03/22/2014 7:18PM

'Star' power energizes Southwest stallion market

Hodges Photography/Lou Hodges Jr.
Owner Evelyn Benoit built an outstanding broodmare band to support her homebred Star Guitar as he entered stud.

Evelyn Benoit’s decision to get into the stallion business has single-handedly boosted the broodmare power in Louisiana. To support her homebred Star Guitar at stud, Benoit has built a band of broodmares that includes Desert Rose Drive, a half-sister to multiple Grade 1 winner and producer Take Charge Lady; Love That Dance, an eight-time stakes winner who earned $641,094 while racing on the East Coast; and Good Mood, a Grade 3 winner bred in Ireland.

Benoit’s brood also includes Wild About Marie, a four-time stakes winner who earned $328,629 competing in the Midwest; Persuading, a multiple graded stakes-placed daughter of Broken Vow; and Our New Empire, a half-sister to Breeders’ Cup Classic winner Concern who is by one of Benoit’s favorite stallions, Empire Maker.

Each of the broodmares was bred to Star Guitar, whose first foals are arriving this season. Early returns indicate that Benoit might have a hit on her hands with Star Guitar, a 9-year-old son of Quiet American who retired in the summer of 2012 as the all-time richest Louisiana-bred, with earnings of $1,749,862. Star Guitar, who won 24 of 30 starts, stands commercially at Clear Creek Stud in Folsom, La. He bred about 65 to 70 mares last year, said Benoit. 

“All my mares went to ‘Star,’ and we’re going back,” she said. “We’ve got some gorgeous babies. It’s very difficult to say anything bad about any of them. They’re very healthy and athletic-looking. I think the way the babies are looking, this will be the last year he’s at [a fee of] $4,000. I think we’ll go up.”

Benoit, a New Orleans resident who with her husband, Maurice, co-owns Brittlyn Stable, is the driving force behind the couple’s operation – although Benoit is quick to point out it was Maurice, paralyzed in a car accident about 6 1/2 years ago, who made the all-star decision to breed Quiet American to Minit Towinit in a mating that produced Star Guitar.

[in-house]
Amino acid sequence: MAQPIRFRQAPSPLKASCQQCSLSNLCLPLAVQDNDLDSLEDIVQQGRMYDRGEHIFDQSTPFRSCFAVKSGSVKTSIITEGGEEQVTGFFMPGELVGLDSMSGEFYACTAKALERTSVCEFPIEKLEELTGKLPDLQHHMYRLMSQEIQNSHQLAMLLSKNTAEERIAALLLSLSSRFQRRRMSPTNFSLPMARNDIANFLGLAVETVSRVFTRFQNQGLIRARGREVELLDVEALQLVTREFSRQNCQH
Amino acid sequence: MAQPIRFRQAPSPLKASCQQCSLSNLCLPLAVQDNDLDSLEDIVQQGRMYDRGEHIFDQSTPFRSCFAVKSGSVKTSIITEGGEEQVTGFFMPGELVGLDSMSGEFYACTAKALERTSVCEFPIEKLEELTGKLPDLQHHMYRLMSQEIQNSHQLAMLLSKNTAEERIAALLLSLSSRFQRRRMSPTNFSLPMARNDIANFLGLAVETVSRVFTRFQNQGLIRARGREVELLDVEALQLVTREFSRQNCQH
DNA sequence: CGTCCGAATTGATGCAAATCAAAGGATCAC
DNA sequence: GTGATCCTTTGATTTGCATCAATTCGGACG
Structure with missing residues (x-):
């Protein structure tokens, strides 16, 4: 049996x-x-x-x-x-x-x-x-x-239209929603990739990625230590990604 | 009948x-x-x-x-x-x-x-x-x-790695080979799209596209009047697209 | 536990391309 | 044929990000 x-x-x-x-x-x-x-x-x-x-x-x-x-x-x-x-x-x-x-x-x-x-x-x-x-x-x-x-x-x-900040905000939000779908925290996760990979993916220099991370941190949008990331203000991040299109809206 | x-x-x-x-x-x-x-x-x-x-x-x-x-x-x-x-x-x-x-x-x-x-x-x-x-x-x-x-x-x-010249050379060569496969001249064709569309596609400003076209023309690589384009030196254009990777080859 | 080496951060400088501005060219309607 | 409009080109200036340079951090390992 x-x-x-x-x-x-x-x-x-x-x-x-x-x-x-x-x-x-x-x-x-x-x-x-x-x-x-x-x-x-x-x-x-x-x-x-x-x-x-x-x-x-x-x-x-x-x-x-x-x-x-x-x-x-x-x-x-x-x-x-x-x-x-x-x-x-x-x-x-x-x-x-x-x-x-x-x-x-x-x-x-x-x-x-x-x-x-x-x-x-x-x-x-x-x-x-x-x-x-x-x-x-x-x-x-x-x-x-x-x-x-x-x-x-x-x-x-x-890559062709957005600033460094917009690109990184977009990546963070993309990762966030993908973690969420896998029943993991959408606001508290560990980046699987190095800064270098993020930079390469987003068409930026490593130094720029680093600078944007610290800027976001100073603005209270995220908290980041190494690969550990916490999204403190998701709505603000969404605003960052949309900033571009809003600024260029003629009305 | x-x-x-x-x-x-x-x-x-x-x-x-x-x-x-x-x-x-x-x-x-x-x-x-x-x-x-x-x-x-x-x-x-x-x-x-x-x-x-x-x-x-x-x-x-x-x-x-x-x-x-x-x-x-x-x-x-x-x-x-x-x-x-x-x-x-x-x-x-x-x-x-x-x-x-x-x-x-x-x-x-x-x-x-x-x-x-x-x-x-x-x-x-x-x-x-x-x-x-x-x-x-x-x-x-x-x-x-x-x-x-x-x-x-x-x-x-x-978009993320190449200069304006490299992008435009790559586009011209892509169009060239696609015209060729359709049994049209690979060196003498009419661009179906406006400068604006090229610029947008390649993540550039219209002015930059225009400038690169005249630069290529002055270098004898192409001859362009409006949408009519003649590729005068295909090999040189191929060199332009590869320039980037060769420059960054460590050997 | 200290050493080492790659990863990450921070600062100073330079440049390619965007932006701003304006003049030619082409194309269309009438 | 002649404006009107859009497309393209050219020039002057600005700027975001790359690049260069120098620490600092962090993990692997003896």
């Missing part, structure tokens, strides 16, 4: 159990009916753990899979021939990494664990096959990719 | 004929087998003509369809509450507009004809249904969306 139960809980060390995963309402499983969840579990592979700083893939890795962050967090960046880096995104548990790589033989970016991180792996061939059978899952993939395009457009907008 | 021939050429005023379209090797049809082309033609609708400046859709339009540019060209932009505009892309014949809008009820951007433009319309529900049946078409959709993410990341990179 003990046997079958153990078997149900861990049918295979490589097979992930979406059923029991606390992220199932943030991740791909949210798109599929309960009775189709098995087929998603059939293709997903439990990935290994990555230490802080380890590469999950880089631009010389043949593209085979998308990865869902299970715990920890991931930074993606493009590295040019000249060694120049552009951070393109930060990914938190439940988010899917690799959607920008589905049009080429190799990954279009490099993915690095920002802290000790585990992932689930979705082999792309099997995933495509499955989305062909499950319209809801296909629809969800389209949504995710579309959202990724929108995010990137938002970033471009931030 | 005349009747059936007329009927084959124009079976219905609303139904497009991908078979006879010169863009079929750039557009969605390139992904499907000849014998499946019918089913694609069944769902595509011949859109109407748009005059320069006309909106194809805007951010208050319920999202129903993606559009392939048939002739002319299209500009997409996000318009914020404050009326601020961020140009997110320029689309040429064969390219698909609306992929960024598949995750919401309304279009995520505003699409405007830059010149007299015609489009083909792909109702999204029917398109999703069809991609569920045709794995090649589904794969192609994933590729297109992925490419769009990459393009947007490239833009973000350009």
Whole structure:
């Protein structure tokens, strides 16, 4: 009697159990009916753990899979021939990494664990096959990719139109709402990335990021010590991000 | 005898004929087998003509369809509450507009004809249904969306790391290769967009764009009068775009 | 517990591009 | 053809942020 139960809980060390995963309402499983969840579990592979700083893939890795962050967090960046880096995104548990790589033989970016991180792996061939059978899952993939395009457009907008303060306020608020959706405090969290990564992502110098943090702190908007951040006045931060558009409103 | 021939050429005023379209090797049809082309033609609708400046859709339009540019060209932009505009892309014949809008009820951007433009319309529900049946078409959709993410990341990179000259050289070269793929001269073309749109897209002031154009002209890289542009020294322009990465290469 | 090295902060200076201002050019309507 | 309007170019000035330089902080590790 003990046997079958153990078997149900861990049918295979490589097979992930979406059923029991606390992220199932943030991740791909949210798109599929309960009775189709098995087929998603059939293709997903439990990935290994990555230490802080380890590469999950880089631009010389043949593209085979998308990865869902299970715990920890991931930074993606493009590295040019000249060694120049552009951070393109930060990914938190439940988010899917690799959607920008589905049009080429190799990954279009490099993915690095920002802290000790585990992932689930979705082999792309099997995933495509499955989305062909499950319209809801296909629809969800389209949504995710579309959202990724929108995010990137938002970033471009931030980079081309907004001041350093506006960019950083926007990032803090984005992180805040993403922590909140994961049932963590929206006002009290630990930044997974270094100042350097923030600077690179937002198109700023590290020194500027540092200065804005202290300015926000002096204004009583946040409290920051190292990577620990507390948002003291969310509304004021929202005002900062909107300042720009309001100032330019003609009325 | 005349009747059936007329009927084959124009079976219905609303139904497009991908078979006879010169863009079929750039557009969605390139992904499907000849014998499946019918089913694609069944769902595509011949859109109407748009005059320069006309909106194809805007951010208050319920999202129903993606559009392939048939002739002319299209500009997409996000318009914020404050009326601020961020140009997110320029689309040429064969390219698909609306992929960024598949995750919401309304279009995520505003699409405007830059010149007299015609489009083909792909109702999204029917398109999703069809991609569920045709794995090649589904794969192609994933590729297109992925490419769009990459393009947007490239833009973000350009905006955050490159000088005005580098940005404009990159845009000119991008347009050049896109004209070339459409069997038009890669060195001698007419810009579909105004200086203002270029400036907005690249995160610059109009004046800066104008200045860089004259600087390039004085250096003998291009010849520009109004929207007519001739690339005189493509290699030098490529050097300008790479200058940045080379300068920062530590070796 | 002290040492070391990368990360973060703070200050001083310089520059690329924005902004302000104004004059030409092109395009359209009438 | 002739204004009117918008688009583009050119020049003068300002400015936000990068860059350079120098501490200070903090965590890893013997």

Evelyn Benoit savored the horse’s racing career, which closed out after he won his 10th straight race – all stakes – in the Louisiana Legends Classic at Evangeline Downs in June 2012. Long before he ever crossed the wire, she had been fast at work expanding her small group of mares through auctions and private purchases.

“She’s gone out and purchased mares that she thinks will cross well with her stallion,” said Roger Heitzmann, secretary-treasurer of the Louisiana Thoroughbred Breeders Association. “She’s not afraid to take a risk, to gamble. She believes to get the best you have to breed to the best.

“She’s a bright star in our program. She has done nothing but good for Louisiana-breds, buying, raising, selling, and racing the stock that she has. She and her husband have been mountains in our game here in Louisiana. When people were striving for the hills, she was striving for mountains.”

Benoit set out to purchase a cross section of mares that would complement Star Guitar and provide diversity. The Not For Love mare Love That Dance, for example, was a noted sprinter, while the Wildcat Heir mare Wild About Marie had the bulk of her success racing on turf. And then there’s the coveted Desert Rose Drive, a daughter of A.P. Indy.

“I wanted to give him a little bit of everything,” Benoit said. “We wanted to show he was versatile with everything, and we’ll find out what he’s very capable with. I tried to pick mares who loved to run, or who had someone in their family who was a champion.”

Benoit’s increased investment in the Thoroughbred industry comes after her family sold its oil and gas service company to Japanese interests. The move has given Benoit, who spent five years overseeing the company and its 200 employees in the wake of her husband’s accident, more time to focus on horses.

Benoit hit one of Louisiana’s yearling auctions last September and spent $210,000 for an Awesome Again colt. That established a record price for a Louisiana-bred selling at auction in Louisiana, according to Heitzmann. The purchase came at the Breeders Sales Co., sale in West Monroe, La. The colt, named Coxswain, is among six 2-year-olds preparing to join Brittlyn Stable’s racing operation, which includes graded stakes winner Gantry and multiple stakes winner Class Included. Benoit said the Awesome Again colt is currently in training in Florida.